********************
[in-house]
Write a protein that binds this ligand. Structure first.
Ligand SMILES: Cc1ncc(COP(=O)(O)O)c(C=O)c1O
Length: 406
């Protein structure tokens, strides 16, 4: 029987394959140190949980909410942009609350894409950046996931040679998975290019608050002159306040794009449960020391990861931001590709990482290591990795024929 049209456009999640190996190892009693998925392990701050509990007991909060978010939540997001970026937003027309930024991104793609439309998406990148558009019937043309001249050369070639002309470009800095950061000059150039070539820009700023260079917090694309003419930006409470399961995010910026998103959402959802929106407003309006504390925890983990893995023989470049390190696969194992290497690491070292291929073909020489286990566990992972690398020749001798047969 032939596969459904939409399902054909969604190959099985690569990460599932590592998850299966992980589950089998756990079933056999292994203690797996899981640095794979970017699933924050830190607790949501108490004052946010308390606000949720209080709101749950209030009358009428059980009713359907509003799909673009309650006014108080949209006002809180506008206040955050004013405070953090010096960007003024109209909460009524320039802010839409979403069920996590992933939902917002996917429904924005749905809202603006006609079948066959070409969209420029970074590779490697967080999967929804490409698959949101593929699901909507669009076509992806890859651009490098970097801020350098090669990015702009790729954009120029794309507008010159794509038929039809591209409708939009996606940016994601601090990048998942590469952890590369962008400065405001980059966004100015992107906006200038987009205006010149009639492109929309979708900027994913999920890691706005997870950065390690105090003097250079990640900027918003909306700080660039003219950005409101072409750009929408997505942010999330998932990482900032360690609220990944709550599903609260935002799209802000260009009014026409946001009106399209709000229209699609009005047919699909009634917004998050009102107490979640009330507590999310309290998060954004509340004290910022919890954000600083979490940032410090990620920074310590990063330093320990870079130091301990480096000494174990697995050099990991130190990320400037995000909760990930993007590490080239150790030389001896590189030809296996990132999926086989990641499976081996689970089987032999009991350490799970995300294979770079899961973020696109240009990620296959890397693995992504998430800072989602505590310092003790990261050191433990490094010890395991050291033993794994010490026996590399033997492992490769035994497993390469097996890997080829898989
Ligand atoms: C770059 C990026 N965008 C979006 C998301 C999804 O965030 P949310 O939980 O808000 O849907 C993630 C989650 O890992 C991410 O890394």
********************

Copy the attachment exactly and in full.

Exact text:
[in-house]
Write a protein that binds this ligand. Structure first.
Ligand SMILES: Cc1ncc(COP(=O)(O)O)c(C=O)c1O
Length: 406
């Protein structure tokens, strides 16, 4: 029987394959140190949980909410942009609350894409950046996931040679998975290019608050002159306040794009449960020391990861931001590709990482290591990795024929 049209456009999640190996190892009693998925392990701050509990007991909060978010939540997001970026937003027309930024991104793609439309998406990148558009019937043309001249050369070639002309470009800095950061000059150039070539820009700023260079917090694309003419930006409470399961995010910026998103959402959802929106407003309006504390925890983990893995023989470049390190696969194992290497690491070292291929073909020489286990566990992972690398020749001798047969 032939596969459904939409399902054909969604190959099985690569990460599932590592998850299966992980589950089998756990079933056999292994203690797996899981640095794979970017699933924050830190607790949501108490004052946010308390606000949720209080709101749950209030009358009428059980009713359907509003799909673009309650006014108080949209006002809180506008206040955050004013405070953090010096960007003024109209909460009524320039802010839409979403069920996590992933939902917002996917429904924005749905809202603006006609079948066959070409969209420029970074590779490697967080999967929804490409698959949101593929699901909507669009076509992806890859651009490098970097801020350098090669990015702009790729954009120029794309507008010159794509038929039809591209409708939009996606940016994601601090990048998942590469952890590369962008400065405001980059966004100015992107906006200038987009205006010149009639492109929309979708900027994913999920890691706005997870950065390690105090003097250079990640900027918003909306700080660039003219950005409101072409750009929408997505942010999330998932990482900032360690609220990944709550599903609260935002799209802000260009009014026409946001009106399209709000229209699609009005047919699909009634917004998050009102107490979640009330507590999310309290998060954004509340004290910022919890954000600083979490940032410090990620920074310590990063330093320990870079130091301990480096000494174990697995050099990991130190990320400037995000909760990930993007590490080239150790030389001896590189030809296996990132999926086989990641499976081996689970089987032999009991350490799970995300294979770079899961973020696109240009990620296959890397693995992504998430800072989602505590310092003790990261050191433990490094010890395991050291033993794994010490026996590399033997492992490769035994497993390469097996890997080829898989
Ligand atoms: C770059 C990026 N965008 C979006 C998301 C999804 O965030 P949310 O939980 O808000 O849907 C993630 C989650 O890992 C991410 O890394």